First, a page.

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Uganda netball administration walking through slippery path

Sarah Babirye Kityo

Sarah Babirye Kityo

In what may seem to be a defiant action, suspended Uganda Netball Federation (UNF) boss Sarah Babirye Kityo convened a UNF executive meeting at the body’s offices on Friday, September 8, and members unanimously agreed on her return to office unconditionally.

The meeting also passed a couple of resolutions, including one that ended Brig Flavia Byekwaso’s role as acting UNF president. On April 21, Education and Sports minister Janet Museveni held a high-level meeting at State House, Nakasero, where she ordered Babirye to step aside for three months to give the Auditor General and other relevant government bodies time to investigate allegations against her of misappropriation of government funds and failure to account for the same.

The State House meeting was attended by officials from the line ministry, National Council of Sports and UNF. In that meeting, the minister, who also heard allegations of sexual harassment perpetrated on netballers by male officials, asked UNF vice president Administration Byekwaso to act in Babirye’s position until the latter is cleared.

After the expiry of the three months on July 21, Babirye made a grand return to the federation amid stiff security resistance allegedly deployed by Byekwaso. The situation almost turned bloody until Byekwaso got a message and allowed Babirye to access her office.

From my sources, this seemed to have annoyed Mrs Museveni, who wrote a strongly-worded letter that ordered Babirye to keep off UNF promises until the completion and discussion of the report from the offices of the Attorney General, Auditor General, and police’s Criminal Investigations Directorate.

So, going by the events that happened last Friday, UNF seemed to have disregarded the minister’s directive and ushered in Babirye in her office. That UNF executive meeting also asked Byekwaso to account for all government funds she received during the time she was in office and also make a report about all issues concerning the body.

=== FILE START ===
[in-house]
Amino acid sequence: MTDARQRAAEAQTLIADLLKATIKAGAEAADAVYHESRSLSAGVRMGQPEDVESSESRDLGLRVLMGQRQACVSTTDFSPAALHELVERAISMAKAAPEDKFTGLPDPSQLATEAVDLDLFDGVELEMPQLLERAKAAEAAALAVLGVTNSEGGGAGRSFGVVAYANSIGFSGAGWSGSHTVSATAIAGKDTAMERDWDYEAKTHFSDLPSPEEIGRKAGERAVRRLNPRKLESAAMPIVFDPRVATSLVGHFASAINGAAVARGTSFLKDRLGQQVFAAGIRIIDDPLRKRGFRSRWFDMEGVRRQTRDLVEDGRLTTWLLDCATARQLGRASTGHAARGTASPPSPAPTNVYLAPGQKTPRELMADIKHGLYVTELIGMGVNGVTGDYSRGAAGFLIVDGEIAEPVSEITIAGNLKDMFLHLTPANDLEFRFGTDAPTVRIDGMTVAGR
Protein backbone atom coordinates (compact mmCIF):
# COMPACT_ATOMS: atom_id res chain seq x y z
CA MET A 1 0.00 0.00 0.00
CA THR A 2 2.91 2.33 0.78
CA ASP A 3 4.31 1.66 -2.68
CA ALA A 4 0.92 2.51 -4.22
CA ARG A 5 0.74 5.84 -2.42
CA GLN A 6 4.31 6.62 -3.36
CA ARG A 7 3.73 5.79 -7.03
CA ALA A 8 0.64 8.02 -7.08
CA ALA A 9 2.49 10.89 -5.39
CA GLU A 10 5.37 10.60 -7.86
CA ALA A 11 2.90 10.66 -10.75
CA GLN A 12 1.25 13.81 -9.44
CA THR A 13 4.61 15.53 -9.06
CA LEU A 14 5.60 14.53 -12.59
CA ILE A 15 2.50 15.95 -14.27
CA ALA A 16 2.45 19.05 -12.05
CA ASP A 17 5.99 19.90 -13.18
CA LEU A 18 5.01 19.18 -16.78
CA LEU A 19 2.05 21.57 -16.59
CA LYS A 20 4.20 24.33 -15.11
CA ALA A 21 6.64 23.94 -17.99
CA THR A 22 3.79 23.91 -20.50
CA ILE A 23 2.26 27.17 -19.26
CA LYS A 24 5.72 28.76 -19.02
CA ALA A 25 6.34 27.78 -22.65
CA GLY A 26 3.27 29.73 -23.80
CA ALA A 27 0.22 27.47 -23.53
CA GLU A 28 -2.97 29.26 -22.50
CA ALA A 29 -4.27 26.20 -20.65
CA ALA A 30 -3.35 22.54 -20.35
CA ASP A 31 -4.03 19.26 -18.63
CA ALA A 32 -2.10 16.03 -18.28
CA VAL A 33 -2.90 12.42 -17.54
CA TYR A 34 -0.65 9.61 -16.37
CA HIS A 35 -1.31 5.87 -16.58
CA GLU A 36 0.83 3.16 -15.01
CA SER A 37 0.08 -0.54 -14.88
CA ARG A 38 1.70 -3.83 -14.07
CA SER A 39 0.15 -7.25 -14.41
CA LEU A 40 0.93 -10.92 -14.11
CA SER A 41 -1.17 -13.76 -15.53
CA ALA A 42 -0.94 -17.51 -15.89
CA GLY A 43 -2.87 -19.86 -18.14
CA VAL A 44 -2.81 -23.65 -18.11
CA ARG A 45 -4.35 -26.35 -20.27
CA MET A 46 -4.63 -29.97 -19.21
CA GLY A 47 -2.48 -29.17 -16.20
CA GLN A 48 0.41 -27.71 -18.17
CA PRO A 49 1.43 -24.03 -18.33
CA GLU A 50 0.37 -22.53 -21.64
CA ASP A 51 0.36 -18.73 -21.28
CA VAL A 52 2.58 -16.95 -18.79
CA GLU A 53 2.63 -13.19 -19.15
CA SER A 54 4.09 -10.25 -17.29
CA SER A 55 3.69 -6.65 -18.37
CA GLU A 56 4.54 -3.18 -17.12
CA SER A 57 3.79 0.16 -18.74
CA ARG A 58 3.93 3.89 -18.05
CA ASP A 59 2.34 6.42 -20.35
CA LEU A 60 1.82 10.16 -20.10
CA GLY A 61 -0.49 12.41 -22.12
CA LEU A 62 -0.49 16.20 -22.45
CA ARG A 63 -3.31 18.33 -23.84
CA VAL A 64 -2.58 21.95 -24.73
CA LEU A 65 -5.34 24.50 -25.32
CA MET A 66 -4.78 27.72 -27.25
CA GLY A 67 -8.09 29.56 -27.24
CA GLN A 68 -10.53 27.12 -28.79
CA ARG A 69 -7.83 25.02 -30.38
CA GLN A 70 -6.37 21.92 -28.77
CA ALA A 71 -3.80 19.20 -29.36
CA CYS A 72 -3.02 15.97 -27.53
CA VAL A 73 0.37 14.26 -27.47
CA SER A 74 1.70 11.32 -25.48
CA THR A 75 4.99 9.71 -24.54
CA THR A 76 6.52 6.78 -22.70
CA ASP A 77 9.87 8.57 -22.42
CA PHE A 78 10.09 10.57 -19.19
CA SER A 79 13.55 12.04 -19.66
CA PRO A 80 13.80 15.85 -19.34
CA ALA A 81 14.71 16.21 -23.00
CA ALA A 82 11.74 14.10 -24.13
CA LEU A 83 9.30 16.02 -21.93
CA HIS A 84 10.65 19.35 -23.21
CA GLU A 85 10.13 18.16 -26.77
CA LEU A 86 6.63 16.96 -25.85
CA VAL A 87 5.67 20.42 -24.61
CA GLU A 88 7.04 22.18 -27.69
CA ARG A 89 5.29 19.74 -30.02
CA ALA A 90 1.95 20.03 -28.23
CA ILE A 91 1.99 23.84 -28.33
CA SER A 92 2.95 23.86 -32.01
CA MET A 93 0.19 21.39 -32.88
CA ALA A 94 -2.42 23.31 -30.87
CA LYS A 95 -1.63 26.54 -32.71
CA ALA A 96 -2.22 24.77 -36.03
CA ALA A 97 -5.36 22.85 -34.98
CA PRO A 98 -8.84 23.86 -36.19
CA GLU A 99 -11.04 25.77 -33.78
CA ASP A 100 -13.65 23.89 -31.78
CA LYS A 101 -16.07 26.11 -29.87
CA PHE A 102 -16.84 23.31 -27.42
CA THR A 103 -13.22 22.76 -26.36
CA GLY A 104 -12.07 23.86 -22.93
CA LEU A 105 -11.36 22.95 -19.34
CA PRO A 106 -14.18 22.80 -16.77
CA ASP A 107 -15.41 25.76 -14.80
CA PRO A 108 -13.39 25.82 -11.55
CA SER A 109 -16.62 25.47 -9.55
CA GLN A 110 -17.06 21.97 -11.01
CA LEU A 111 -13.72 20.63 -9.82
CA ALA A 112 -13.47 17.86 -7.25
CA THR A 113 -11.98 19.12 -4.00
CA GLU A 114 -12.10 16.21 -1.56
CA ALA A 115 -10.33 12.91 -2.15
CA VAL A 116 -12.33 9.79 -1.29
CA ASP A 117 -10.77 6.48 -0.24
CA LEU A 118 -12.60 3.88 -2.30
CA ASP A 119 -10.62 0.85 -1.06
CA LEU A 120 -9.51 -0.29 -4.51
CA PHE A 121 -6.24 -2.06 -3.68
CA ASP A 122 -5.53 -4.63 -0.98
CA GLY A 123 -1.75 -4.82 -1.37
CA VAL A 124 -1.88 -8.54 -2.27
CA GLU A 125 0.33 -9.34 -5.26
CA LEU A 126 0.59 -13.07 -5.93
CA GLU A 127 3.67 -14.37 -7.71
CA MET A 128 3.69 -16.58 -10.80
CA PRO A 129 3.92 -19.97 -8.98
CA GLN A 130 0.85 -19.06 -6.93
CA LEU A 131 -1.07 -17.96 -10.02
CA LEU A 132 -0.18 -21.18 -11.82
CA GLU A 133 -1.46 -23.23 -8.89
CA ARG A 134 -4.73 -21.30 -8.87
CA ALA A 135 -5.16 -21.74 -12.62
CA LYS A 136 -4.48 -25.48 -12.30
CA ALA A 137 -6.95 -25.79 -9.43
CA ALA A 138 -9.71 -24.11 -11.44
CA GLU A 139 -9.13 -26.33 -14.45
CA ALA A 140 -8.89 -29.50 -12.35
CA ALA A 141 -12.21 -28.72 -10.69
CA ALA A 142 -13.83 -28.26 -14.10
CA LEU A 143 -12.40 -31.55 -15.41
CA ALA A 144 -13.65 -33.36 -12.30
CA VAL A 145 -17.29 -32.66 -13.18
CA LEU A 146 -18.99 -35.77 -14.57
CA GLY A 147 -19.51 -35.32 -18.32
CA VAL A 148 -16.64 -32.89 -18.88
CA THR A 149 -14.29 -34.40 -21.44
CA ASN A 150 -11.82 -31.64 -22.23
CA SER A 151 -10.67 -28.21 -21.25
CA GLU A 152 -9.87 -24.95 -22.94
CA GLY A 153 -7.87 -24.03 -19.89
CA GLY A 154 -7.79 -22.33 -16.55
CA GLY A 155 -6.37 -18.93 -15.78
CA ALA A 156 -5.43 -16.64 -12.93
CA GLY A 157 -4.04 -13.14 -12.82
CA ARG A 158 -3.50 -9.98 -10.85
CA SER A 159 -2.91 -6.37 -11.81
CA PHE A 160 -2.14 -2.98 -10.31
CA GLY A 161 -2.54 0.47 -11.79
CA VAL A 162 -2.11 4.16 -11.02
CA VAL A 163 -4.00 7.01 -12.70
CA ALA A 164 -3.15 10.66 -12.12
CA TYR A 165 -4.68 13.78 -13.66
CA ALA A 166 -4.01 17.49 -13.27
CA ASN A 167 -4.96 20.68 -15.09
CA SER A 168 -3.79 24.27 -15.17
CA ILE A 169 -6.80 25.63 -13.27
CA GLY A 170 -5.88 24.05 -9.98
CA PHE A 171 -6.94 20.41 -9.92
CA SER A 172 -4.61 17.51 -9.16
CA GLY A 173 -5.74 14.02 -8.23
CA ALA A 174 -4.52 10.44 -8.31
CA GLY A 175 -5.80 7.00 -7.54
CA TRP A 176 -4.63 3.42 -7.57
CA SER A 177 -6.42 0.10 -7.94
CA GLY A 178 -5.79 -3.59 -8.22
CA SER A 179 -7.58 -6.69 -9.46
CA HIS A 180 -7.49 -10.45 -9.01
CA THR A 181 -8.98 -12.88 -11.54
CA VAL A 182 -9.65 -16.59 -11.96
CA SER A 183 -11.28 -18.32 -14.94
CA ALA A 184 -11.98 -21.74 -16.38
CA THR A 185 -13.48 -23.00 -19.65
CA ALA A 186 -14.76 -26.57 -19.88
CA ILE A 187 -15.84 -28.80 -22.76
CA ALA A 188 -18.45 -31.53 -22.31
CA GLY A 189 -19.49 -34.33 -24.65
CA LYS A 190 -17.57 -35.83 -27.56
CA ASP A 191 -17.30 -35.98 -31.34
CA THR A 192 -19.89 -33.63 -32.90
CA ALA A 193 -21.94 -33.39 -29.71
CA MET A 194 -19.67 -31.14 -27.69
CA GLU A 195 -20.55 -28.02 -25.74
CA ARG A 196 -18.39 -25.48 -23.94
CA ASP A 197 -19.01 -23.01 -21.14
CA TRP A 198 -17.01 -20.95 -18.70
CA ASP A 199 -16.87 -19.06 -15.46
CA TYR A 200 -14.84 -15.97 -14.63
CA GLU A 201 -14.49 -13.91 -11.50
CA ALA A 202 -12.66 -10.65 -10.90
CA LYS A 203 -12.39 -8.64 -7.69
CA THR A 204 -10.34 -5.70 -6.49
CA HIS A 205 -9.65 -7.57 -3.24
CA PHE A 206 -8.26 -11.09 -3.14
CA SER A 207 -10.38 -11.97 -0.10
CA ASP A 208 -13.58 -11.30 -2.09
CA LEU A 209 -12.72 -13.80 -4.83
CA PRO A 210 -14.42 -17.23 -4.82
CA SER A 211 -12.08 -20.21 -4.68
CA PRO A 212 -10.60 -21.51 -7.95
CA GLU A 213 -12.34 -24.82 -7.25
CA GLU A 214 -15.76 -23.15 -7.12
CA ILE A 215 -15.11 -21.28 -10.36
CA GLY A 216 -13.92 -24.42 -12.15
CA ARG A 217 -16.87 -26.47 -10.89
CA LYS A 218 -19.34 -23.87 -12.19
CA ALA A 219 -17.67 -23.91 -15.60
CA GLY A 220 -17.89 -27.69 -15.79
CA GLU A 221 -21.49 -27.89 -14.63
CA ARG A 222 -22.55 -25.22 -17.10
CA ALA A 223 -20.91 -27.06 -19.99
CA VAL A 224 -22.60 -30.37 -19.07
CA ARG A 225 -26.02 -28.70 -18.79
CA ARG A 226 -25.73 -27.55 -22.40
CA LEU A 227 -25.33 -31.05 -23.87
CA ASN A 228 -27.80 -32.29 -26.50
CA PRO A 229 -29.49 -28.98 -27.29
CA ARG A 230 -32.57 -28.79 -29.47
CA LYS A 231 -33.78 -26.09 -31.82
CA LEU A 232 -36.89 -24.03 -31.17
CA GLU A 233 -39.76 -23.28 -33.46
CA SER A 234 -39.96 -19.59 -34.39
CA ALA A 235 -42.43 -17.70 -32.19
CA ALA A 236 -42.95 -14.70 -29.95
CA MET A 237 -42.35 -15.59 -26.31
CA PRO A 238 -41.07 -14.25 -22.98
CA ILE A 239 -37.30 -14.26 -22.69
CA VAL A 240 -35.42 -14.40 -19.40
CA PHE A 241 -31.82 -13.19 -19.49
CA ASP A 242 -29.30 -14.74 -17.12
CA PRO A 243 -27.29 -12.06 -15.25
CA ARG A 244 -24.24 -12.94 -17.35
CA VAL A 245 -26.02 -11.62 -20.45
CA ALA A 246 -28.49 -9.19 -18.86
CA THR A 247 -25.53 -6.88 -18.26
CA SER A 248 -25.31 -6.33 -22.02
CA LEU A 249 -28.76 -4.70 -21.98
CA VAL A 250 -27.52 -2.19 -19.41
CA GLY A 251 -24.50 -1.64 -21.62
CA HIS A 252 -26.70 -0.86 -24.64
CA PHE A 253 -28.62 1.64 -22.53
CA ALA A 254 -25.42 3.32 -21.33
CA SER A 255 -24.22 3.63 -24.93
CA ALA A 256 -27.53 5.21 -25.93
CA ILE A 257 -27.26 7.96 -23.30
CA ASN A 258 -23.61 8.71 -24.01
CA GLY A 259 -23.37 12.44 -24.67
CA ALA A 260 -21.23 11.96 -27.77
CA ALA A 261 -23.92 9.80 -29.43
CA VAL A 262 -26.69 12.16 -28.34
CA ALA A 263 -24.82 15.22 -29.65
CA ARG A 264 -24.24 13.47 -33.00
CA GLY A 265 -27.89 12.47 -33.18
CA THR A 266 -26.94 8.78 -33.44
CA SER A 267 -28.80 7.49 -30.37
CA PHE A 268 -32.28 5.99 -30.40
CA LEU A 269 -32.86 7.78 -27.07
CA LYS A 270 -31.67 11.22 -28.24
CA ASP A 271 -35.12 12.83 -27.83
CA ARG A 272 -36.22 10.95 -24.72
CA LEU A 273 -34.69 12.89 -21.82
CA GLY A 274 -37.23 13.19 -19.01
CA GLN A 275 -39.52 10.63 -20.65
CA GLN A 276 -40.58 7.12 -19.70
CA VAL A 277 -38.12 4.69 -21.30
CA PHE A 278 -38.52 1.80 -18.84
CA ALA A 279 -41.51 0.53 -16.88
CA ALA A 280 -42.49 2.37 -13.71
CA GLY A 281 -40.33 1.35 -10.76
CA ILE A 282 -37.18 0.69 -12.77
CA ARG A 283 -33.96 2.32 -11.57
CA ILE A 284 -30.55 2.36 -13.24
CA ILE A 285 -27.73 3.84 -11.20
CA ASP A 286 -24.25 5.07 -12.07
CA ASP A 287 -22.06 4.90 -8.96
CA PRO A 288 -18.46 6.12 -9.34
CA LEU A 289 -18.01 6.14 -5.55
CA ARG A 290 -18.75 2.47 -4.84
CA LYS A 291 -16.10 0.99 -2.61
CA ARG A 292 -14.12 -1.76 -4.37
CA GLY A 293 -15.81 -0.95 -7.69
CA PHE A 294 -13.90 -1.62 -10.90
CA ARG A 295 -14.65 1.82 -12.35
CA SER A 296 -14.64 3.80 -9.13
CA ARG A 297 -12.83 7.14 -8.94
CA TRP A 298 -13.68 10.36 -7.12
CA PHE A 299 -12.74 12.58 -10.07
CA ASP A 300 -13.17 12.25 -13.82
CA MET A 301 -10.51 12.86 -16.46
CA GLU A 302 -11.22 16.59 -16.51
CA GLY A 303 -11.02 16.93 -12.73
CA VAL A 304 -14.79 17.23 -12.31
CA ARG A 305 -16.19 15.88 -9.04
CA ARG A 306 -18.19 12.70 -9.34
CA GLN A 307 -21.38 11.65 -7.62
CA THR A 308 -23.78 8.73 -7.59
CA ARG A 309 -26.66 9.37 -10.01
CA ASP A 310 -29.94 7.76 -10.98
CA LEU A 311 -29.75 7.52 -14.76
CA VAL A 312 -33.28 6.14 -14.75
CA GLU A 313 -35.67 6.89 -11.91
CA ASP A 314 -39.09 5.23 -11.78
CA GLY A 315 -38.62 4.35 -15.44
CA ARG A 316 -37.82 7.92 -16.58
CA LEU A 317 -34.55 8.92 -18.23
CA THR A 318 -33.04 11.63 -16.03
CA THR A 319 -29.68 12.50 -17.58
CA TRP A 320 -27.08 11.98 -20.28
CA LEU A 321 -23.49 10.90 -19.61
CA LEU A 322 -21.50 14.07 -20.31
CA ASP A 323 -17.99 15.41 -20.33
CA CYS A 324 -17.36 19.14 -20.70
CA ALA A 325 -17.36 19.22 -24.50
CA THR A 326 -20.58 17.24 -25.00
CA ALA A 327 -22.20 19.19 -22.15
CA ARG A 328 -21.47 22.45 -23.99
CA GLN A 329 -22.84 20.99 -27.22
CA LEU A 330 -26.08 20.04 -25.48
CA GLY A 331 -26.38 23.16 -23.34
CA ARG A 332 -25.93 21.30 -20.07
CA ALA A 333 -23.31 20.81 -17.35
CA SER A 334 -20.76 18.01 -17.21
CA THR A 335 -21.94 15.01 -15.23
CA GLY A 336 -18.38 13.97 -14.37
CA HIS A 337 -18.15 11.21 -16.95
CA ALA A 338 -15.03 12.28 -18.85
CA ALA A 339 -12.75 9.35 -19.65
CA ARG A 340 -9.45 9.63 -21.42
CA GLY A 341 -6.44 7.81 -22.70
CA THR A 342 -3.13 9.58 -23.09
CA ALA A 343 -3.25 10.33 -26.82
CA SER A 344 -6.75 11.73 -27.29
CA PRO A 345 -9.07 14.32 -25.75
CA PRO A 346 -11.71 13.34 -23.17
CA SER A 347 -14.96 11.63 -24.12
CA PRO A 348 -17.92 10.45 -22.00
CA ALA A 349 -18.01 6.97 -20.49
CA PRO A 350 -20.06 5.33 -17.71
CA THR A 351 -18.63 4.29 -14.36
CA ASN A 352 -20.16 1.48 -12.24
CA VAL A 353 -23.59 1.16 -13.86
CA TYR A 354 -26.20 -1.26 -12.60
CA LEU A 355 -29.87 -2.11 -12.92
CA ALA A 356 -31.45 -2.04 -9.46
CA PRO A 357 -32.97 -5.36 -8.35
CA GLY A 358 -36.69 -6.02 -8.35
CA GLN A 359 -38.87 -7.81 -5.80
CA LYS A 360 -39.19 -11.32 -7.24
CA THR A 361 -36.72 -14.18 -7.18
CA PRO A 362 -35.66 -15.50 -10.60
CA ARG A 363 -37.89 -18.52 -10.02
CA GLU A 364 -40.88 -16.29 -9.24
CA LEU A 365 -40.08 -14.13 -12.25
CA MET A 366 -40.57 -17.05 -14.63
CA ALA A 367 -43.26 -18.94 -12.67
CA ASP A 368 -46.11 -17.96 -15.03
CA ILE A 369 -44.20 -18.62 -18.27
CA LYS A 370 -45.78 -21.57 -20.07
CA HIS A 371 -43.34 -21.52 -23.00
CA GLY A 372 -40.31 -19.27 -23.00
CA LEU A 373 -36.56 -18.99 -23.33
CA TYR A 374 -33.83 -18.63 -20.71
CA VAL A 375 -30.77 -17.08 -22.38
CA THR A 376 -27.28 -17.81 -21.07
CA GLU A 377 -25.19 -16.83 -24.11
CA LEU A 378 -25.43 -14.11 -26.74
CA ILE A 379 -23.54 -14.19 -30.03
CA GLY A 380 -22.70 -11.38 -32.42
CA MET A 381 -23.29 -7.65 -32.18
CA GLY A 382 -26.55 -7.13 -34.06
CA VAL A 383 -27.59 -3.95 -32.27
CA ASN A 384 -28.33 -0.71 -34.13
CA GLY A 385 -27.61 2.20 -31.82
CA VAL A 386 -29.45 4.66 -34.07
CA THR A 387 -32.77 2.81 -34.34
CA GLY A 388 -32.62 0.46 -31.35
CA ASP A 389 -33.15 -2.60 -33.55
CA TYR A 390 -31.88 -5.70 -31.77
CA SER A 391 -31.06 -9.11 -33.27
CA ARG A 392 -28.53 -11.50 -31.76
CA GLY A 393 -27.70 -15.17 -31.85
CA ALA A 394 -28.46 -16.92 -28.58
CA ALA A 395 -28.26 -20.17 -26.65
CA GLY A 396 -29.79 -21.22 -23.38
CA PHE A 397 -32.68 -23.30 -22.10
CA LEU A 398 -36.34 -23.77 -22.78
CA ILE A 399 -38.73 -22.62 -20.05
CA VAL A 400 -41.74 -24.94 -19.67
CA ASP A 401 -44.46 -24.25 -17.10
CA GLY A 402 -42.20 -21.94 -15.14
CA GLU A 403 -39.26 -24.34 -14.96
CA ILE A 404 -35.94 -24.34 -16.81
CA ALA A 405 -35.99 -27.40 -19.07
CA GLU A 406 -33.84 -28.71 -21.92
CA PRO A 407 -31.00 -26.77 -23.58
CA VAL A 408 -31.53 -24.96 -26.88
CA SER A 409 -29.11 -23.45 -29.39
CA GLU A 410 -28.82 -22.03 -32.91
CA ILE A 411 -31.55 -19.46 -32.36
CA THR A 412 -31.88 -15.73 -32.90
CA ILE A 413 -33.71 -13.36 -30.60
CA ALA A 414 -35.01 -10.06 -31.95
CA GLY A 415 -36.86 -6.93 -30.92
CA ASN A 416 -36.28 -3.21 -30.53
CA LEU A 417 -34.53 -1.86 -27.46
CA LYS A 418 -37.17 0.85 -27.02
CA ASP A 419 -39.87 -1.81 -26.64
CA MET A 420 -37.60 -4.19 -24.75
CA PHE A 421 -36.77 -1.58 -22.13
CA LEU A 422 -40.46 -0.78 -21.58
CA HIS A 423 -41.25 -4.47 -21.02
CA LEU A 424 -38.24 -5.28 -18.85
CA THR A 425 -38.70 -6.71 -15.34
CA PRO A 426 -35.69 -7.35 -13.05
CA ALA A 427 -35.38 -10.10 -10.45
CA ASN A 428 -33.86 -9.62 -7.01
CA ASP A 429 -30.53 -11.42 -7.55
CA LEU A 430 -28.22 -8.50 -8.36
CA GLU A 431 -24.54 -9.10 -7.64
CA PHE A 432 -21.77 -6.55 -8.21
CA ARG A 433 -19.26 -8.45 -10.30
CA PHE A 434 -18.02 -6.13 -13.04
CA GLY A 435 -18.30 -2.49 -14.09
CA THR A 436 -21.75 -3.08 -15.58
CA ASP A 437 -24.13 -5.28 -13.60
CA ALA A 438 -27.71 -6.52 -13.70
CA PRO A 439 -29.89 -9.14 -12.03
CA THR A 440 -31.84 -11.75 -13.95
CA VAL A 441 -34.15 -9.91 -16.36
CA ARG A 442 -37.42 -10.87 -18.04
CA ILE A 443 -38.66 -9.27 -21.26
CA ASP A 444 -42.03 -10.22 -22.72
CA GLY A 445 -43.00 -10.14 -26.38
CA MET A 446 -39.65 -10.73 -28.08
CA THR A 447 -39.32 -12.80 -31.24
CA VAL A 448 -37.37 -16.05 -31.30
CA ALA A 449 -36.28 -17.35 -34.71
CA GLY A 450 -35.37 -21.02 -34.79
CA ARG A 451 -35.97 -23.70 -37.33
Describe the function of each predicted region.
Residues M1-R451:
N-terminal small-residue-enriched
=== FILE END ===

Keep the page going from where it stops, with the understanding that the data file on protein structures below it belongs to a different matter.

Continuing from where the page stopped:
It is really hard to determine the balance of probabilities. Is Babirye showing greed before she is cleared of wrongdoing? Put differently, are the investigators so sloppy that they couldn’t complete the investigations in the stipulated time? Or could there be a deliberate plot to frustrate Babirye’s return by delaying the investigation?

There is a thin line when reaching a conclusion. Babirye sitting on a time bomb? It remains unclear whether Babirye has the full support from netball stakeholders to convince the powers that be to back off, but for the decades I have keenly followed Ugandan sports, I have come to realize that in the majority of cases where federation bosses clashed with the line ministers, they have ended up bruised and left their respective offices unceremoniously.

This has mostly happened in football, athletics and boxing. Here are some of the standoffs that culminated in the dissolution of sports bodies for perceived insubordination.

Peter Abe (Fufa)

In January 1982, Youth and Culture minister Dr James Rwanyarare dissolved Abe’s Fufa executive, faulting the latter for insubordination. The Abe-led Fufa executive had refused to halt the creation of the Super League division pending the ministry’s scrutiny.

John Semanobe (Fufa)

On April 23, 1992, NCS, after getting a green light from Education and Sports minister Amanya Mushega, disbanded Fufa’s executive, headed by Semanobe, for failing to recognize its supremacy as the regulator of all sports. Fresh Fufa polls were organized eight months later and to government’s disgust, Semanobe returned to office after trouncing Patrick Kawooya in the December, 1992 Fufa polls.

George Odeke (Athletics)

Like Fufa, Uganda Amateur Athletics Association (UAAA) boss Odeke also tasted the wrath of NCS when the supreme body accused the UAAA boss of insubordination and arrogance. The Odeke executive was disbanded on April 23, 1992.

John Semanobe (Fufa)

In 1994, Mushega had had enough and had Semanobe’s Fufa dissolved again. This time, the minister accused the Fufa boss of insubordination and for failing to account for the gate-takings received from the July, 1993 Afcon qualifier between Uganda and Nigeria.

Denis Obua (Fufa)

In February, 2005, Education and Sports minister Geraldine Namirembe Bitamazire dissolved the Fufa executive headed by Obua on ground of misappropriation of Fufa funds, insubordination and poor leadership.

Ishaq Kamoga (Boxing)

In July, 2006, NCS, with the backing of state minister for Sports Charles Bakkabulindi, dissolved the Uganda Amateur Boxing Association (UABF) headed by Kamoga. The UABF bosses allegedly failed to handle internal wrangles, which left the game weakened. The UABF was also accused of defying NCS directives.

There have been many other purges on sports federation over the years and it remains to be seen how Babirye will play her cards to remain in office.


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